The Seven Storey Mountain

The Seven Storey Mountain is the 1948 autobiography of Thomas Merton, an American Trappist monk and priest who was a noted author in the 1940s, 1950s and 1960s. Merton finished the book in 1946 at the age of 31, five years after entering Gethsemani Abbey near Bardstown, Kentucky. The title refers to the mountain of purgatory from Dante’s Purgatorio.
The Seven Storey Mountain was published in 1948 and was unexpectedly successful. The first printing was planned for 7,500 copies, but pre-publication sales exceeded 20,000. By May 1949, 100,000 copies were in print and, according to Time magazine, it was among the best-selling non-fiction books in the country for the year 1949. The original hardcover edition eventually sold over 600,000 copies, and paperback sales exceed three million by 1984. A British edition, edited by Evelyn Waugh, was titled Elected Silence. The book has remained continuously in print, and has been translated into more than 15 languages. The 50th-anniversary edition, published in 1998 by Harvest Books, included an introduction by Merton’s editor, Robert Giroux, and a note by biographer and Thomas Merton Society founder William Shannon.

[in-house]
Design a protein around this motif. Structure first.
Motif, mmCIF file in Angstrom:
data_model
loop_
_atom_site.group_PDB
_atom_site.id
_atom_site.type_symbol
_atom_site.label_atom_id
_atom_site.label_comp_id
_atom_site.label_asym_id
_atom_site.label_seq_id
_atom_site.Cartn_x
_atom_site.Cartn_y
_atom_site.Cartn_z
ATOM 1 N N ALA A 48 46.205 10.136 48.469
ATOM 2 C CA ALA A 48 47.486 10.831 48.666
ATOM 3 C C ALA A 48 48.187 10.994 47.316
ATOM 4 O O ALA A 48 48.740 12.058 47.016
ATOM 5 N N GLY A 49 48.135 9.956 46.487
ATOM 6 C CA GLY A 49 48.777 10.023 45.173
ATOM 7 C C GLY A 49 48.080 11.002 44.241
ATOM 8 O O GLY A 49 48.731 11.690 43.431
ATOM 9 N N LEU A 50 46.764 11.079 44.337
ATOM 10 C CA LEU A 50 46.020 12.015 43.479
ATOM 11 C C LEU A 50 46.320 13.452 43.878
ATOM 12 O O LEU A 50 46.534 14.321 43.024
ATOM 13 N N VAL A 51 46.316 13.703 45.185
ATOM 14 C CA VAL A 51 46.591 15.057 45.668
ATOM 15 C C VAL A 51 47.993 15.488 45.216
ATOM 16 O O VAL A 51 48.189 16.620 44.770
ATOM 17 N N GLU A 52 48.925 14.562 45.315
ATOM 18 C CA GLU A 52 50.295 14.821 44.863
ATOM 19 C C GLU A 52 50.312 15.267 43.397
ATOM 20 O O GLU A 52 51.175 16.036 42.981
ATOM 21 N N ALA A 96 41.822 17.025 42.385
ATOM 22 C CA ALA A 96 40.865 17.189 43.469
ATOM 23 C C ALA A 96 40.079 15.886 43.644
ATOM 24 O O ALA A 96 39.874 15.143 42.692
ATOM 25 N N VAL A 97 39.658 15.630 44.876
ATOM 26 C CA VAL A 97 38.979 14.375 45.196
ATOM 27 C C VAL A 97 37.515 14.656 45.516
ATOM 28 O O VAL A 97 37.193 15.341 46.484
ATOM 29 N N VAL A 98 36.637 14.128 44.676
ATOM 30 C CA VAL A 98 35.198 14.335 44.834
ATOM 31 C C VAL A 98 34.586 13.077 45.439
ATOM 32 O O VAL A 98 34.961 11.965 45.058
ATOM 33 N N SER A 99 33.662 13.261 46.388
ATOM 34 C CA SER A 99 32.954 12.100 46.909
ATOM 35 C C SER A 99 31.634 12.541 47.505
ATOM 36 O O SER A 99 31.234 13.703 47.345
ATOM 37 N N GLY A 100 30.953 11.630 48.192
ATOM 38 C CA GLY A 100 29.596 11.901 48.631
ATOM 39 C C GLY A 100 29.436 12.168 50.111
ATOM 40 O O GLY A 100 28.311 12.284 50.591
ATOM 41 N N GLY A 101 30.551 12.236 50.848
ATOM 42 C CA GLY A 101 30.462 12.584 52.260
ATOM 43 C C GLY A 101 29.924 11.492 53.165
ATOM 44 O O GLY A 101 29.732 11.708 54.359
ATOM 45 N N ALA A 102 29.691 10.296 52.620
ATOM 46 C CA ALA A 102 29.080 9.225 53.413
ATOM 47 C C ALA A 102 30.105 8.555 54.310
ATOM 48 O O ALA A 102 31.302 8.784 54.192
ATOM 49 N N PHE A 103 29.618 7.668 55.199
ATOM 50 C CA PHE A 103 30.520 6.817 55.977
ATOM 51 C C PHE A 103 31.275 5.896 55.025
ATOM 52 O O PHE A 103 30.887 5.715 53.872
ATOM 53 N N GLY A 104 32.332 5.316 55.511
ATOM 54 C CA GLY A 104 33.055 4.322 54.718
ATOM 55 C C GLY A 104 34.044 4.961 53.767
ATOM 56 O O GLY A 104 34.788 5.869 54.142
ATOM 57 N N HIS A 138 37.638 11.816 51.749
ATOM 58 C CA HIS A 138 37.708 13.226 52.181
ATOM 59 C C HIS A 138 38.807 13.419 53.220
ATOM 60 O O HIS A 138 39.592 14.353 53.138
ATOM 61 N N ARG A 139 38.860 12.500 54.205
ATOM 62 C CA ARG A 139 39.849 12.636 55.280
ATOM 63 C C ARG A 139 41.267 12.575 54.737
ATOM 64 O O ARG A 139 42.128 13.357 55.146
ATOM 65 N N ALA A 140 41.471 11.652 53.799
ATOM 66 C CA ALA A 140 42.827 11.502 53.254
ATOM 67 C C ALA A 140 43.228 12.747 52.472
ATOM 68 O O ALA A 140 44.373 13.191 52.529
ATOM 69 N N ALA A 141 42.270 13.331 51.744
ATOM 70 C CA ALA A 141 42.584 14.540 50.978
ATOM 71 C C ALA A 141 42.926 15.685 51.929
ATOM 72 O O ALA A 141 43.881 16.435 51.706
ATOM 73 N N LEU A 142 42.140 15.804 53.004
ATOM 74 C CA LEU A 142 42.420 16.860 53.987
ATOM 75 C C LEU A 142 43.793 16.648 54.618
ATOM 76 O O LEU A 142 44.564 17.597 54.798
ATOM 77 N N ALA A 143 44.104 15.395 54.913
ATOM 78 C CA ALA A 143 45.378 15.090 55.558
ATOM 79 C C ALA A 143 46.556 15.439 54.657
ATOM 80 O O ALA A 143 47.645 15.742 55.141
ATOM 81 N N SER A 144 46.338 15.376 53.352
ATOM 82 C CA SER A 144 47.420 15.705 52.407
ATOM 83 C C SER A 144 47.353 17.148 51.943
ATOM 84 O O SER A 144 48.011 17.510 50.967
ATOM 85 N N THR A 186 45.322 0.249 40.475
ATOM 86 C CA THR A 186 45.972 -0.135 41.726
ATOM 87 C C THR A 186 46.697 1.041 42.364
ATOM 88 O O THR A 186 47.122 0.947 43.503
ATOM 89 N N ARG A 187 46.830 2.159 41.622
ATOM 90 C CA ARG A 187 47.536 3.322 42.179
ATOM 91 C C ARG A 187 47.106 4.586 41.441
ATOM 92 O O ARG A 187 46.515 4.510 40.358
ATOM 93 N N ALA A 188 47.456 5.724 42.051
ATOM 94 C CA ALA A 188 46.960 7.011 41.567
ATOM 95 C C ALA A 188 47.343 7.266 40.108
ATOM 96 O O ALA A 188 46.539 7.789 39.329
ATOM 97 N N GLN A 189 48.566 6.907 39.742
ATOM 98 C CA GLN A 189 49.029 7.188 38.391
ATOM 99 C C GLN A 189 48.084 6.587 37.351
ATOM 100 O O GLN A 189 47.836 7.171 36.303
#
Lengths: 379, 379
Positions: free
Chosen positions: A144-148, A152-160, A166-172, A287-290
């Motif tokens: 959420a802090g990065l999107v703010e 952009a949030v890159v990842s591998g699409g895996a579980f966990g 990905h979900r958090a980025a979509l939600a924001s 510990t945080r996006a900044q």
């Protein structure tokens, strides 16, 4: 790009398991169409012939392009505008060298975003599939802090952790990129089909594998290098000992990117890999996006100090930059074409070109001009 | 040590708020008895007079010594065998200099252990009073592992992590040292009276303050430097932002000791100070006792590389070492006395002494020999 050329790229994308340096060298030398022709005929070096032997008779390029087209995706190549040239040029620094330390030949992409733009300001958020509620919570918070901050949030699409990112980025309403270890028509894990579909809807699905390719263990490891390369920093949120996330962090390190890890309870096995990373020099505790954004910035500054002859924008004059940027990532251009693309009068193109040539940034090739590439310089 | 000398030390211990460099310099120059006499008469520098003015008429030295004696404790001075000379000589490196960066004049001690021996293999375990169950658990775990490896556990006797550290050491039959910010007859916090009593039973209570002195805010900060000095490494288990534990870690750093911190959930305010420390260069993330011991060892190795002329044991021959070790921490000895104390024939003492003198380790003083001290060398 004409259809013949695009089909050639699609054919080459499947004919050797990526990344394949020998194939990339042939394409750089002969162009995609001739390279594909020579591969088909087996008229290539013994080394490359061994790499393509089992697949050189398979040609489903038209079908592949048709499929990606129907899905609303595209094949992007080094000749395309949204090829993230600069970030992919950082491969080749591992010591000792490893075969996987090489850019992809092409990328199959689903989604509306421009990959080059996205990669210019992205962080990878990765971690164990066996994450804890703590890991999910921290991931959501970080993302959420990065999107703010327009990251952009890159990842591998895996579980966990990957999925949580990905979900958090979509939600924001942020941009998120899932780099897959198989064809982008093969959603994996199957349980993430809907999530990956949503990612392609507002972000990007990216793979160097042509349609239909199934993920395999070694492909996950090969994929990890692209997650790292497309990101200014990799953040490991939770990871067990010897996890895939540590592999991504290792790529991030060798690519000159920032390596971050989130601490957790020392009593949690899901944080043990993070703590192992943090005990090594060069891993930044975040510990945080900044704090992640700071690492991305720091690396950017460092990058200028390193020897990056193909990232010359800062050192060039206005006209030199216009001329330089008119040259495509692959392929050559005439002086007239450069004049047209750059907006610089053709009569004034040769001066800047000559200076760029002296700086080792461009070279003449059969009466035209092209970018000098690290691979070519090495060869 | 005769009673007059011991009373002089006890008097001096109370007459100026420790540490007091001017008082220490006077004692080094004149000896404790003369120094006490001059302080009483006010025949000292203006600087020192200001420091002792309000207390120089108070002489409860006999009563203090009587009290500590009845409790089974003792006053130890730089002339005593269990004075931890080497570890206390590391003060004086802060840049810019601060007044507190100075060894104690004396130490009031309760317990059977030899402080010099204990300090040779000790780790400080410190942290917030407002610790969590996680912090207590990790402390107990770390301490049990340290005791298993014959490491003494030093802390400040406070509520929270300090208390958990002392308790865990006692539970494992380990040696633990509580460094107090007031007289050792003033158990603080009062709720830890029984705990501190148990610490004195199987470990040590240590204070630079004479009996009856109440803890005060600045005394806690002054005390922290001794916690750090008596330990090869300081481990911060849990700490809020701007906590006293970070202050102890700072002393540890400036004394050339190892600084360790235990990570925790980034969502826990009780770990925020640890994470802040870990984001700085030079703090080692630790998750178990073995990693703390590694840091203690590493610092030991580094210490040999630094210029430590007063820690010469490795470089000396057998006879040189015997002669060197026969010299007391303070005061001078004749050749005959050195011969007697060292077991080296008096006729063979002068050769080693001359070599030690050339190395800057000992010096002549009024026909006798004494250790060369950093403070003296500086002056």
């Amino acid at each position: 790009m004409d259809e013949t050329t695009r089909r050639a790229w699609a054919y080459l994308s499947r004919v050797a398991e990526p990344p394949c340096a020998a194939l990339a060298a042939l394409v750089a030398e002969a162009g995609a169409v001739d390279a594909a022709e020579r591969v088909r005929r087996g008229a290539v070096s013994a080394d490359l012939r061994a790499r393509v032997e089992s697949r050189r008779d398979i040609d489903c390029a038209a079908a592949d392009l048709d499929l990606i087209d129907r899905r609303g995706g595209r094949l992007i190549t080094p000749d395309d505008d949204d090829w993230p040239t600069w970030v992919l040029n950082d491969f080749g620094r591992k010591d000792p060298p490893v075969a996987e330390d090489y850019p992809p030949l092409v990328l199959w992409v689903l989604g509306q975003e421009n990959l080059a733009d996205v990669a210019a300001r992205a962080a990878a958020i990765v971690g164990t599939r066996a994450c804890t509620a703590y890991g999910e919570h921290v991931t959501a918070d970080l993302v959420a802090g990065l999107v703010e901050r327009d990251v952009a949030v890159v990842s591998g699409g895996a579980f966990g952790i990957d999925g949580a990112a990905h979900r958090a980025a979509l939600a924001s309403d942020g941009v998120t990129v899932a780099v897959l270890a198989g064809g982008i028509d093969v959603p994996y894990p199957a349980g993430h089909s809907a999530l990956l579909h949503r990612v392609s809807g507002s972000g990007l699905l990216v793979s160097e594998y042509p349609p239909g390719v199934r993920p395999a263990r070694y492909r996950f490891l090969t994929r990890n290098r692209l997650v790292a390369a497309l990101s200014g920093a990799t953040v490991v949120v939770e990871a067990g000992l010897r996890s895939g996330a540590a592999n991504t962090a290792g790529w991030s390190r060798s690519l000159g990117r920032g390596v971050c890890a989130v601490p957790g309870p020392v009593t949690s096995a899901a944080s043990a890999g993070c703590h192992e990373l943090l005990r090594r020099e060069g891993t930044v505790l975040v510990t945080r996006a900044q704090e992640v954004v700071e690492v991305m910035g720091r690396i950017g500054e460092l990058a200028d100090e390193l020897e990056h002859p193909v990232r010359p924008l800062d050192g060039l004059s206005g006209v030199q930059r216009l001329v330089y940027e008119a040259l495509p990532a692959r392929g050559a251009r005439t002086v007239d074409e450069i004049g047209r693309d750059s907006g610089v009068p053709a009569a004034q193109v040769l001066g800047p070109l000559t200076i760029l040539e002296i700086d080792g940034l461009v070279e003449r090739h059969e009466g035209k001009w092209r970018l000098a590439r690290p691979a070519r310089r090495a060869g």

Apart from being on the National Review’s list of the 100 best non-fiction books of the century, it was also mentioned in 100 Christian Books That Changed the Century (2000) by William J. Petersen.